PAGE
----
museums

A Quote by unknown on country, food, jobs, life, love, museums, painting, people, sleep, wives, and work

Why go to a museum and look at paintings if you can paint your own painting. I mean, do things for yourself. I mean, do you have somebody come in a sleep with your wife for you? Do you pay somebody to eat your food for you? I mean, do things for yourself. That's what life's about. There's so many people doing things they hate, I mean you have people running the country who all they care about is keeping their jobs - not doing their jobs. There's so little real love in any of the work that I see.

unknown

Source: What Happened Was . . .

Contributed by: Zaady

A Quote by Thomas Archer Hirst on change, garden, life, museums, and society

10th August 1851: On Tuesday evening at Museum, at a ball in the gardens. The night was chill, I dropped too suddenly from Differential Calculus into ladies' society, and could not give myself freely to the change. After an hour's attempt so to do, I returned, cursing the mode of life I was pursuing; next morning I had already shaken hands, however, with Diff. Calculus, and forgot the ladies....

Thomas Archer Hirst

Source: J. Helen Gardner and Robin J. Wilson, "Thomas Archer Hirst - Mathematician Xtravagant II - Student Days in Germany", The American Mathematical Monthly , v. 6, no. 100.

Contributed by: Zaady

A Quote by Steven Wright on museums

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I went to a museum where they had all the heads and arms from all the statues in the other museums.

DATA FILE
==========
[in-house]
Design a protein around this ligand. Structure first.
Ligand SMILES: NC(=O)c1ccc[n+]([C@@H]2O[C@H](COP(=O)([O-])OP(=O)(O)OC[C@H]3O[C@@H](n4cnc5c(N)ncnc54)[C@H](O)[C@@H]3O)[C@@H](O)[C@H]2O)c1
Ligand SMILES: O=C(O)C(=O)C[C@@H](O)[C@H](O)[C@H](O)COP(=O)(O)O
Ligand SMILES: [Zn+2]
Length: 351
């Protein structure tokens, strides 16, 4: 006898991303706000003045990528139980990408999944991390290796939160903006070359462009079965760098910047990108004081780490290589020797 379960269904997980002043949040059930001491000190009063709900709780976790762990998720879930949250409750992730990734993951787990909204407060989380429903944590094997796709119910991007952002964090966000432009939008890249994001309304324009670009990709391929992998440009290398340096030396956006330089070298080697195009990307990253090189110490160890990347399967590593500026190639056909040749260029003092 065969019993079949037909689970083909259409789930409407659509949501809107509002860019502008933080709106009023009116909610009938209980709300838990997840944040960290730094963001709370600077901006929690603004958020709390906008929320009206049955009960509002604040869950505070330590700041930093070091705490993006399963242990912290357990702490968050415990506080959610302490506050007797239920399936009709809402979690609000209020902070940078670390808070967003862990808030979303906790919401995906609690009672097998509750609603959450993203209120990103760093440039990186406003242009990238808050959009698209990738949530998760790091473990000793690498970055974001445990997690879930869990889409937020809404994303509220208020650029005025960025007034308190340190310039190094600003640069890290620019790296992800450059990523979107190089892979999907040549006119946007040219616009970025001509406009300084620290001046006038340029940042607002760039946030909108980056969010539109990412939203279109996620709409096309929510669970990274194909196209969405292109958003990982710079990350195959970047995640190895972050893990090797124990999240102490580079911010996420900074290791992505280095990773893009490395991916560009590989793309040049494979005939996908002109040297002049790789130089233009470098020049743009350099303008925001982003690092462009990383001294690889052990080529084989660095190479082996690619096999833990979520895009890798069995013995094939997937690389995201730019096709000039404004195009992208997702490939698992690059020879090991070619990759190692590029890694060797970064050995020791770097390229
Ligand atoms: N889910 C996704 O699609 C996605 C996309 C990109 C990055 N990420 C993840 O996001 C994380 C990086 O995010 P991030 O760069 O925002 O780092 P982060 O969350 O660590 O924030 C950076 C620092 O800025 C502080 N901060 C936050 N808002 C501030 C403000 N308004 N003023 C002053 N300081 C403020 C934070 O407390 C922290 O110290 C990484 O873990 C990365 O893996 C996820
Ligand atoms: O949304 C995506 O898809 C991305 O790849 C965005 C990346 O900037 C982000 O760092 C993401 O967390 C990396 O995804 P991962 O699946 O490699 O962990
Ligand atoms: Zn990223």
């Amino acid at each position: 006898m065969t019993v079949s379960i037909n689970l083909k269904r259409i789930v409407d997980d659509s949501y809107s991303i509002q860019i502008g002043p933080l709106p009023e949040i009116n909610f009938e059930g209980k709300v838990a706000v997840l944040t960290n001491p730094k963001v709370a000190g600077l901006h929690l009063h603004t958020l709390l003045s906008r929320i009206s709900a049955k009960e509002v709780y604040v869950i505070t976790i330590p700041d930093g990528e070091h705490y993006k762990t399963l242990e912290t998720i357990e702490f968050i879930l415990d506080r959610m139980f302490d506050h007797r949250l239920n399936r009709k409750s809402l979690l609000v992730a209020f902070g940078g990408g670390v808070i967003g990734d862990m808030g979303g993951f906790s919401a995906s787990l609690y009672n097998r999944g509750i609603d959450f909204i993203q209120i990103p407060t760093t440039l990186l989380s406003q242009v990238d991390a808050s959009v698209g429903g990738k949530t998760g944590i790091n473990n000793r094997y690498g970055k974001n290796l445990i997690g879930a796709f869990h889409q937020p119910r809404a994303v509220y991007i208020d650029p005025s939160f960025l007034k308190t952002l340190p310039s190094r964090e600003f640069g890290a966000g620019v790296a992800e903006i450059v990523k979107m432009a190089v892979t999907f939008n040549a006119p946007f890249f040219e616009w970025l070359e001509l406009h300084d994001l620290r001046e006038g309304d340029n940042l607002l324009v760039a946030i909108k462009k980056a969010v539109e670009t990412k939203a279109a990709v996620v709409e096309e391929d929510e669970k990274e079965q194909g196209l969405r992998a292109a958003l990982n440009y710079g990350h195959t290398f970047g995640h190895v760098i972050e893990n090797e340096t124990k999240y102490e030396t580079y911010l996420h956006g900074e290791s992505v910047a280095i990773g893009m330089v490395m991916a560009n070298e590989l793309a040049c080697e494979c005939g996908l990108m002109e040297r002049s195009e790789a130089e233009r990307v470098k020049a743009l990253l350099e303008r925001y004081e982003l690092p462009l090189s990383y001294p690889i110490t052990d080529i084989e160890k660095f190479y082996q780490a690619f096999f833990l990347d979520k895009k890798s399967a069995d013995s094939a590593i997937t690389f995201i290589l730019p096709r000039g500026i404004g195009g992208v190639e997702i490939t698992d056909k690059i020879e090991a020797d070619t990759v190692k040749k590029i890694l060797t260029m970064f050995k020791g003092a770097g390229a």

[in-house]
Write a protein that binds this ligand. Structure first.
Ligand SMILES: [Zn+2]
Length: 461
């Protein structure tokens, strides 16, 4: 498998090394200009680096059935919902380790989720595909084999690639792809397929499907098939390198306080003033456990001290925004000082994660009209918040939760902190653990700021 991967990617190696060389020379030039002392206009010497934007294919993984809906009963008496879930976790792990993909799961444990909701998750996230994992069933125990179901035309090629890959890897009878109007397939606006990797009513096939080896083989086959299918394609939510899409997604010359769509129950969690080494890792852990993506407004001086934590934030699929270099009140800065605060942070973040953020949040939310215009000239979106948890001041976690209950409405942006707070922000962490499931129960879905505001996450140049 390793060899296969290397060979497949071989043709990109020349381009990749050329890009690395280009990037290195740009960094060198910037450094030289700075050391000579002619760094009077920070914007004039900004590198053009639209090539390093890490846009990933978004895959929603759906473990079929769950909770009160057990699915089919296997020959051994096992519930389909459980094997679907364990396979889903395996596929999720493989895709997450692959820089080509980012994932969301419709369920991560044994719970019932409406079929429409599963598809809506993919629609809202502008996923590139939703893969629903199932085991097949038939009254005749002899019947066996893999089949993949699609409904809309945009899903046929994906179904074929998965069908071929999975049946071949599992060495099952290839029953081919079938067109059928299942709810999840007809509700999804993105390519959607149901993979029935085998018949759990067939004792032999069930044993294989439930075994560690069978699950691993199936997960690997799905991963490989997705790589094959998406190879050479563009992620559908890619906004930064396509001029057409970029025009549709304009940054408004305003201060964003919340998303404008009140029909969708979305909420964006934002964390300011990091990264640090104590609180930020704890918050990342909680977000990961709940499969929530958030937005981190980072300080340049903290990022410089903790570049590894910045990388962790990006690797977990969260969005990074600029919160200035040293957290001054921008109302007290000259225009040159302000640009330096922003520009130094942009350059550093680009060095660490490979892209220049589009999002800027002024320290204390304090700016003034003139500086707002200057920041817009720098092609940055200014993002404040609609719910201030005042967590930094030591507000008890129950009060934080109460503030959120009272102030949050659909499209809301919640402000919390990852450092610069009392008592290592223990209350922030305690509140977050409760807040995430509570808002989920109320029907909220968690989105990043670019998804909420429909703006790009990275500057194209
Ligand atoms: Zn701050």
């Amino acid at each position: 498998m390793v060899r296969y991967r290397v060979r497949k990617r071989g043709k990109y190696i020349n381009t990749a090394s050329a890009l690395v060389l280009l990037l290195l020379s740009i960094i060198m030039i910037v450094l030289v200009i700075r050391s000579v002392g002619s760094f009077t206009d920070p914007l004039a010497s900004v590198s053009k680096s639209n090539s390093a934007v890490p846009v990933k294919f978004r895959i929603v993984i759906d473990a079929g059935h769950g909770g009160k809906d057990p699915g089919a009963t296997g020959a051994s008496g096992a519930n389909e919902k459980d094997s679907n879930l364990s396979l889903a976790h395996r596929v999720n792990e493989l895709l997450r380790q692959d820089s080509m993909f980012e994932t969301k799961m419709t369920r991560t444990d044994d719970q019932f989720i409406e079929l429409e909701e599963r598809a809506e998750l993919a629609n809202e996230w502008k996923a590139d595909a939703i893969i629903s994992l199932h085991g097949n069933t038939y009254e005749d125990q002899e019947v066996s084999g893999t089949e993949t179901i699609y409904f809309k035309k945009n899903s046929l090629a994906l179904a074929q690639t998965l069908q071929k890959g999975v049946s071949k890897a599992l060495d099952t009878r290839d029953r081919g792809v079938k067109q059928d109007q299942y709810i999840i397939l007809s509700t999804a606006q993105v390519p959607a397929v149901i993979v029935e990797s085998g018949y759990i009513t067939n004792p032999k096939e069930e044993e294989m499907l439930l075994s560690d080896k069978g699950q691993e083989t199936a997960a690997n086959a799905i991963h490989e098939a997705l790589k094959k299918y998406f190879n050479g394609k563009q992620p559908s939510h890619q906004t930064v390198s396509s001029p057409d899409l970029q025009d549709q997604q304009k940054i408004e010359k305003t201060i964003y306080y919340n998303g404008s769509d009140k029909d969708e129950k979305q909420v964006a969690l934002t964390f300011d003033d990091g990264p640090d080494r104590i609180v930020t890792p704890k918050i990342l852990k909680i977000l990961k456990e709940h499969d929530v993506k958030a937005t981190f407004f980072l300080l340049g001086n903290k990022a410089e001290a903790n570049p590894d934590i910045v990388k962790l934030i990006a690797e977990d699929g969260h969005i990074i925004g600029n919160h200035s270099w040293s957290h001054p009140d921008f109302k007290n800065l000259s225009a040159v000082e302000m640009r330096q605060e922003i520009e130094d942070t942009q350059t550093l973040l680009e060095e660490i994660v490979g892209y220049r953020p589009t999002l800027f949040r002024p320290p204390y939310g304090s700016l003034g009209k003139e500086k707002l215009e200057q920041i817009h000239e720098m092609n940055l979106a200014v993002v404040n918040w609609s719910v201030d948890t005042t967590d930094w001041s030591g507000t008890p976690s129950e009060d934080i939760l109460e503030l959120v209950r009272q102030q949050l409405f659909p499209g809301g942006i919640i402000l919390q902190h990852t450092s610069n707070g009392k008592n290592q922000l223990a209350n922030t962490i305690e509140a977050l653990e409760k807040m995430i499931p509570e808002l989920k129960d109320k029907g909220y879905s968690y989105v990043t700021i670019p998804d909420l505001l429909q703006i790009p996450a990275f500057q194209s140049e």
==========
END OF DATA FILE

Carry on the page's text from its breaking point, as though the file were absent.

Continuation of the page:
Steven Wright (1955 -)

Contributed by: Zaady

A Quote by Richard L. Evans on creativity, fame, gifts, lies, life, museums, principles, service, teaching, theory, thinking, time, and work

I am thinking of the Danish sculptor of great fame, Thorvaldsen, who chose to be buried in the midst of his work-not in a cathedral or a cemetery, but in a museum among the monuments of his own making- in the midst of his statuary; and there what he made and what he did with his life surrounds him. He did not theorize upon sculpturing, only, but with his hands and with his creative gift he fashioned those things and he lies there in the midst of his works, as we all shall do someday-and it will not be the theories or the discussions or the speculations or the set of principles or the set of commandments that shall save us. We shall be no better than we are. We are no better than the tithing we pay, no better than the teaching we do, no better than the service we give, no better than the commandments we keep, no better than the lives we live, and we shall have a bright remembrance of these things and we shall, in a sense, lie down in the midst of what we have done when that time comes.

Richard L. Evans (1906 - 1971)

Contributed by: Zaady

A Quote by Pablo Ruiz Picasso on museums

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Give me a museum and I'll fill it.

Pablo Picasso (1881 - 1973)

Contributed by: Zaady

A Quote by Julia Margaret Cameron on art, commitment, life, losing, mind, museums, and soul

The clock is ticking and you're hearing the beat. You stop by a museum shop, sign your name on a scuba-diving sheet, and commit yourself to Saturday mornings in the deep end. You're either losing your mind - or gaining your soul. Life is meant to be an artist date. That's why we were created.

Julia Margaret Cameron (1815 - 1879)

Contributed by: Zaady

A Quote by John Ronald Reuel "J. R. R." Tolkien on affection, certainty, gold, magic, museums, and secrets